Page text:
Let me ask you a few questions and give some tentative answers:
What sort of conditions will you be hunting? If this is the sort of woods I frequently encounter around home, you'll be hard pressed to get a 100 yards shot. In that case, I would recommend a 1.5-4.5x scope or a 4X fixed. If you will regularly be taking 200+ yard shots, a 3-9X variable would be in order.
A 270? I 'm guessing this is a bolt gun. This is going to be the sort of bread-n-butter situation most scopes were meant for. Just make sure you give yourself the proper eye relief. When you throw your gun up with your gear on, the sight picture should be right there for you-- no head and neck adjustment necessary. Your eye should also be able to be far enough back that you don't get the scope hitting you when the rifle recoils.
My taste in scopes runs towards the penurious. I seldom pay more than $100 for a scope. There are limitations going that route, but if the scope holds together for 25 years, I'm not going to complain. Of the ones I've tried, the Bushnell Banners have been the best for consistency. I have also had a couple BSA scopes that were surprisingly good.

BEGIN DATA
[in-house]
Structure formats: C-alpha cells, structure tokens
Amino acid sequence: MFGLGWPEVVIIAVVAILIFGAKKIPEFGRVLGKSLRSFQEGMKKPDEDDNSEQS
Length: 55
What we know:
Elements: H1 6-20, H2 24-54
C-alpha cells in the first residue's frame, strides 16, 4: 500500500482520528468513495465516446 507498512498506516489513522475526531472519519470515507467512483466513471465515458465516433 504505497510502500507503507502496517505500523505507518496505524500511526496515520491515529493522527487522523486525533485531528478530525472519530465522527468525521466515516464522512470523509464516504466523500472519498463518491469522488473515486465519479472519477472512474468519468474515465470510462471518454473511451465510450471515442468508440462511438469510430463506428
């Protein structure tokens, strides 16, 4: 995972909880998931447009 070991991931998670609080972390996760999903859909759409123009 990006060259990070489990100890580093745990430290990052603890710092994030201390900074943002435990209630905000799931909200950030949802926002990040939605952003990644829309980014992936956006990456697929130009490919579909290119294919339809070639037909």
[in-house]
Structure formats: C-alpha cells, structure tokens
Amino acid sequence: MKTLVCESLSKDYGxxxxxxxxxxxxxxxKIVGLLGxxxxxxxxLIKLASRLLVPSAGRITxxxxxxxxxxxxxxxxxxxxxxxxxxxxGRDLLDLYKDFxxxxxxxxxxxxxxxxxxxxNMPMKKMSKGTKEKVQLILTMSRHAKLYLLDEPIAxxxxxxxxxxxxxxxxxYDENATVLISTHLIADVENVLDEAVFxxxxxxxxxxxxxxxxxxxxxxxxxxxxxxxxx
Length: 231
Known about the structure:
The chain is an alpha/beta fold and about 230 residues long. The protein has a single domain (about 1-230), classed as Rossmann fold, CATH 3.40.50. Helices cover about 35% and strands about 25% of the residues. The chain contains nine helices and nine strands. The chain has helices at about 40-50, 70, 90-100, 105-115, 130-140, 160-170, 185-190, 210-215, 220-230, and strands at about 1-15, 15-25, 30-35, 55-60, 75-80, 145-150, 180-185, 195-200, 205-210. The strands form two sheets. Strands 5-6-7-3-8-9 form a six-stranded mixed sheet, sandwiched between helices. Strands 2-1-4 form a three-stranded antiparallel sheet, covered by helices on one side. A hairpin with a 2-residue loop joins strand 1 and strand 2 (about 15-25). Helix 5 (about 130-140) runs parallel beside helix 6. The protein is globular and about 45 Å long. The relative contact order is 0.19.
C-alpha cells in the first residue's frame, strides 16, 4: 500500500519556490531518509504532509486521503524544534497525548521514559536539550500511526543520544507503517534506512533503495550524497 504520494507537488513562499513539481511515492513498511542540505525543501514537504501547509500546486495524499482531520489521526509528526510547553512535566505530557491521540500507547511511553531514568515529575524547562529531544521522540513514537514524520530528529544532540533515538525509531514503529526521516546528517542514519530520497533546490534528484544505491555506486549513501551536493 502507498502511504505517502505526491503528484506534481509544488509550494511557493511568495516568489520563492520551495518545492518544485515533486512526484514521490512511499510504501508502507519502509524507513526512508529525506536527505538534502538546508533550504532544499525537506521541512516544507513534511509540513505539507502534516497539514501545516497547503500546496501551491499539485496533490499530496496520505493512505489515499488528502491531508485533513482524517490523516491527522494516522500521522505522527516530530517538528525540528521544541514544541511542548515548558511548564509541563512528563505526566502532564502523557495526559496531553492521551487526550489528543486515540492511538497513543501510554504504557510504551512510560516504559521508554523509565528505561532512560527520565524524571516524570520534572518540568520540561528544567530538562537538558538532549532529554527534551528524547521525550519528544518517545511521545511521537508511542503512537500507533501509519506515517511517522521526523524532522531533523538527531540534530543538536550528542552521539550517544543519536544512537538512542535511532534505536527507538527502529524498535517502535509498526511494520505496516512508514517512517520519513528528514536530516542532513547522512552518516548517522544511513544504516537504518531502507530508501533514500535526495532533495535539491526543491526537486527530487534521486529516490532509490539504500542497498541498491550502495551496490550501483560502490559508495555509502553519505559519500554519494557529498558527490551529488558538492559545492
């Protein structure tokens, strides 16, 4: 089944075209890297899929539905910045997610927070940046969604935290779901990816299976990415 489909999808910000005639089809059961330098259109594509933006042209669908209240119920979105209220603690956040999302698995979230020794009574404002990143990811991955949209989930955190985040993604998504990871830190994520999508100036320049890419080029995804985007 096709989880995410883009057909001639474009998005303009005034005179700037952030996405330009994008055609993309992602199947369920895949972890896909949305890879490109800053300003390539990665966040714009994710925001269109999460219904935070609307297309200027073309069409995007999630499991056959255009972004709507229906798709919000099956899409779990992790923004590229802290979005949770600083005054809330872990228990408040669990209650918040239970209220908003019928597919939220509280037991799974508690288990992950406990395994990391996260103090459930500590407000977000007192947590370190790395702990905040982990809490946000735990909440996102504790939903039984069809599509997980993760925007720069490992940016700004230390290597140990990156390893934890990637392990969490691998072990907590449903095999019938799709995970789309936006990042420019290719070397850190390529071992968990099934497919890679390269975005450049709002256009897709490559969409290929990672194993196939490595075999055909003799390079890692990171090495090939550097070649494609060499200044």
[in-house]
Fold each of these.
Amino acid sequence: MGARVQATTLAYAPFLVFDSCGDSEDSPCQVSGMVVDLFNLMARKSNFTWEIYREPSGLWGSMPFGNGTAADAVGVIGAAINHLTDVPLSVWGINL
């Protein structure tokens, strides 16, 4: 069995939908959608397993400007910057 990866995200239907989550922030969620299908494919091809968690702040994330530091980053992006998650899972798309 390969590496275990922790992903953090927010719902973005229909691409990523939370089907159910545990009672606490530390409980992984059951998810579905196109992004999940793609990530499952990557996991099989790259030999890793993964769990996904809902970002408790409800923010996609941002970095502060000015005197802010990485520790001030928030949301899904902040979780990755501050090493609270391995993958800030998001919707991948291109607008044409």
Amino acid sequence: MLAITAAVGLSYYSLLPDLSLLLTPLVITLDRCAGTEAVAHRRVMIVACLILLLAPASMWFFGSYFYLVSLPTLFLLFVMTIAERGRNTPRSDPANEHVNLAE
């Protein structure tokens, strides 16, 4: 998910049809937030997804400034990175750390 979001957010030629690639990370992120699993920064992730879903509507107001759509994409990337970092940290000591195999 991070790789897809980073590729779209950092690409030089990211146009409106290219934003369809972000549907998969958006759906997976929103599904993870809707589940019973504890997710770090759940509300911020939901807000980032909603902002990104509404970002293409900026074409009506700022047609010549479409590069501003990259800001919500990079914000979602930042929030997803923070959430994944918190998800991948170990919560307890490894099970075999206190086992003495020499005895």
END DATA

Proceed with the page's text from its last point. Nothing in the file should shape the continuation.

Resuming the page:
I had a buddy show up with a low-end Nikon last year that knocked my socks off. It was not ultra-expensive, but it did have capabilities beyond any of my scopes. When you're doing this on the cheap, you're generally going to suffer three things:
1) Durability. I had a cheap Simmons that came with KYHillChick's Savage 110 package that just flew apart one afternoon. I can't count the number of Tasco's I've seen do the same. If I take in a rifle in that has a Tasco, I take it off immediately.
2) Low-Light problems. Early in the morning and late at night, on the edge of legal hunting is when you see if you have a good scope or not. My best Bushnell Banner, although it works great every other time, gives me mush in low light. It cuts off about 10 minutes either side of legal hunting. My buddy's Nikon was wonderful in this regard. The night he brought it out, there was a fellow over on the next ridge trying unsuccessfully to drive his truck out of the bottoms. We cranked the Nikon all the way and rested it against one of the pillars on the front porch and it was like we were there. I brought out my scope, and all we could see was the lights.
3) Overall clarity. Remember, you're looking through slabs of baked sand. Some scopes demonstrate this more than others. Usually, one peak through the scope in the store will tell you if this is going to be a problem.